Four previously unknown Katherine Mansfield short stories have been discovered by a student in London, it is reported.
A PhD student at London's King's College made the discovery while digging through the universities archives, finding three children's fairy tales from 1908 and a story which is said to offer great autobiographical insight into a period of turmoil in Mansfield's life, The Independent reported.
Student Chris Mourant, 23, contacted Dr Gerri Kimber, senior lecturer at the University of Northampton, who was co-editing the first complete edition of Mansfield's fiction. It was just about to go to print.
"My jaw dropped," Dr Kimber said. The new stories will now be included as an appendix.
Three are charming, children's fairy tales from 1908 and the fourth has "huge biographical significance", Dr Kimber said, describing it as "brilliant" and "unputdownable".
A Little Episode is a 2500 word story dating from 1909, and reveals the bitter disillusionment of a love triangle whose memory Mansfield tried to erase by destroying all her personal papers from that year.
It was written when she was 20, and parallels her affairs with musician Garnet Trowell, who got her pregnant before rejecting her, and singing teacher George Bowden, who she married and rejected on their wedding night.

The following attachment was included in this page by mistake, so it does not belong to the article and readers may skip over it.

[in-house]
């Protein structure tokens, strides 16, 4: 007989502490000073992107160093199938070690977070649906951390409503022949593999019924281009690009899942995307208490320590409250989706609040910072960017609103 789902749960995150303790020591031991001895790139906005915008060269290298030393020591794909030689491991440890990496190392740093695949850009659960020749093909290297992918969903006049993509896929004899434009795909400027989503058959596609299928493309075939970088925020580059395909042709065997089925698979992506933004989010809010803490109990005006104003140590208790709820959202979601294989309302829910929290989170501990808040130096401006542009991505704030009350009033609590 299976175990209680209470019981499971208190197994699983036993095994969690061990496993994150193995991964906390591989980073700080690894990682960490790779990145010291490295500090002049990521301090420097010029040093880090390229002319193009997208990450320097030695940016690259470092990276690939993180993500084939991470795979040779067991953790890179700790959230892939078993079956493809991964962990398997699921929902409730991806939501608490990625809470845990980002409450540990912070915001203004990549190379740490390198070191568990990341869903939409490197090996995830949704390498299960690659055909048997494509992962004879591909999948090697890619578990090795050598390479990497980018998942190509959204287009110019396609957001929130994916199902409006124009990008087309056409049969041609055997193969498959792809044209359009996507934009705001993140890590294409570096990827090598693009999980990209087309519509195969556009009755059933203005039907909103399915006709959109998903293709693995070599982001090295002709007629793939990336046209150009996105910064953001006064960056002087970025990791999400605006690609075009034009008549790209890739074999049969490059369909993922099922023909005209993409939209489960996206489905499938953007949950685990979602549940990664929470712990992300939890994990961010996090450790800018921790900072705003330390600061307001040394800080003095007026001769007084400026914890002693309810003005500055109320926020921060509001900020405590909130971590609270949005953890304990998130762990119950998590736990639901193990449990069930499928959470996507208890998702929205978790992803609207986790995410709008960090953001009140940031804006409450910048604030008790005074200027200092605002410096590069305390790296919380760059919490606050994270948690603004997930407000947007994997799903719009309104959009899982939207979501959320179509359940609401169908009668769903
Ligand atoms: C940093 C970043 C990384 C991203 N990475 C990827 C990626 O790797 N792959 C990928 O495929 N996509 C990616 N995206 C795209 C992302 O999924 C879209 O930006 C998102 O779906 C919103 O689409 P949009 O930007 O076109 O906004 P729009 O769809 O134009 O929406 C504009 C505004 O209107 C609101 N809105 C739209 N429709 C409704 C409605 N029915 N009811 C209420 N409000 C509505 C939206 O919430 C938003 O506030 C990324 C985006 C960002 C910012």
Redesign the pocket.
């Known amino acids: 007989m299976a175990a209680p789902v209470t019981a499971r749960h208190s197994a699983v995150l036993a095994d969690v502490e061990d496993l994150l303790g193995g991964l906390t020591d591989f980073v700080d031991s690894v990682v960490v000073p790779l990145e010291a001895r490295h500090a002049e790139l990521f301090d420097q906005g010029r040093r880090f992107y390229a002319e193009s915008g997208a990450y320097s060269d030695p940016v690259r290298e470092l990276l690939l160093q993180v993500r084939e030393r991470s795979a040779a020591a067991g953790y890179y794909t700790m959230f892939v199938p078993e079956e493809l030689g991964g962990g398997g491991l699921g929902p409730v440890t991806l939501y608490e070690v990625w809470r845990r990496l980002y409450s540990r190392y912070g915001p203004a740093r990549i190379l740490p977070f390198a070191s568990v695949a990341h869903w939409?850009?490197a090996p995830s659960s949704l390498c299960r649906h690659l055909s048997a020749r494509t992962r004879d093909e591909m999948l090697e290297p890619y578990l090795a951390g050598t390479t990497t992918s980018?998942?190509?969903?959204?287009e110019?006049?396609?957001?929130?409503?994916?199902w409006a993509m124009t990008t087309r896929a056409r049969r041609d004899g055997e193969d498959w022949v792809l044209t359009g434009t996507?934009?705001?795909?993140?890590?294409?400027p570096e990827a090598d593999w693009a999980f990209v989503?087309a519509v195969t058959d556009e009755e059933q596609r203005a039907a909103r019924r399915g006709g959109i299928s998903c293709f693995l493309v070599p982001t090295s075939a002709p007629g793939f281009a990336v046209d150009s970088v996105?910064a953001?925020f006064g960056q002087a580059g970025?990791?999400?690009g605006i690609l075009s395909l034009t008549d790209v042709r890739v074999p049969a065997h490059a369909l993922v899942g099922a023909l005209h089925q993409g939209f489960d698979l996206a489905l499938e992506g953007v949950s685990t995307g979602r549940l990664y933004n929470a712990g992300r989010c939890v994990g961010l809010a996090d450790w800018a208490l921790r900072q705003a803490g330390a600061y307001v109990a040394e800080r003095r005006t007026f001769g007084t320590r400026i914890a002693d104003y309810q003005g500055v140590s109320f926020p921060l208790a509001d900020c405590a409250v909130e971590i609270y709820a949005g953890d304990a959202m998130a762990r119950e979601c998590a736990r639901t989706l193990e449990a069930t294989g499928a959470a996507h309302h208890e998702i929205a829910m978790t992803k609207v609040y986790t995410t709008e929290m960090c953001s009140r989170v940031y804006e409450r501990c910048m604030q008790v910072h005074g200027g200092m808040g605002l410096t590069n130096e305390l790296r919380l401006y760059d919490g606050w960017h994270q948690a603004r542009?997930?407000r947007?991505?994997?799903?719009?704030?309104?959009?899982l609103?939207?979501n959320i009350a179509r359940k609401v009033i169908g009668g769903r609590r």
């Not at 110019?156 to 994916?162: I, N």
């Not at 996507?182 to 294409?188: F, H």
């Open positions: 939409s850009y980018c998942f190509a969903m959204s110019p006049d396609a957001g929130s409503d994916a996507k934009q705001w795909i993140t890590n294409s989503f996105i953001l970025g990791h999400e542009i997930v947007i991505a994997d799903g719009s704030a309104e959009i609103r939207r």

In the story, Yvonne (Mansfield), a "bruised, trembling soul", is deeply in love with Jacques St Pierre (Trowell), a musician with a "pouting, eager mouth", and is married to Lord Mandeville (Bowden), whom she despises as a "howling bore" and who fills her with an "intolerable disgust".
"You see the bitterness that she feels against Garnet... and their unborn child, as perceived in the callous portrayal of a musician called Jacques St Pierre," Dr Kimber told The Independent.
The discovery also includes previously unknown photographs.
Mourant found the material among documents relating to ADAM International Review, a 20th-century literary monthly. The Mansfield stories were given to its founding editor, Miron Grindea, by her close friend Ida Baker, in the 1960s.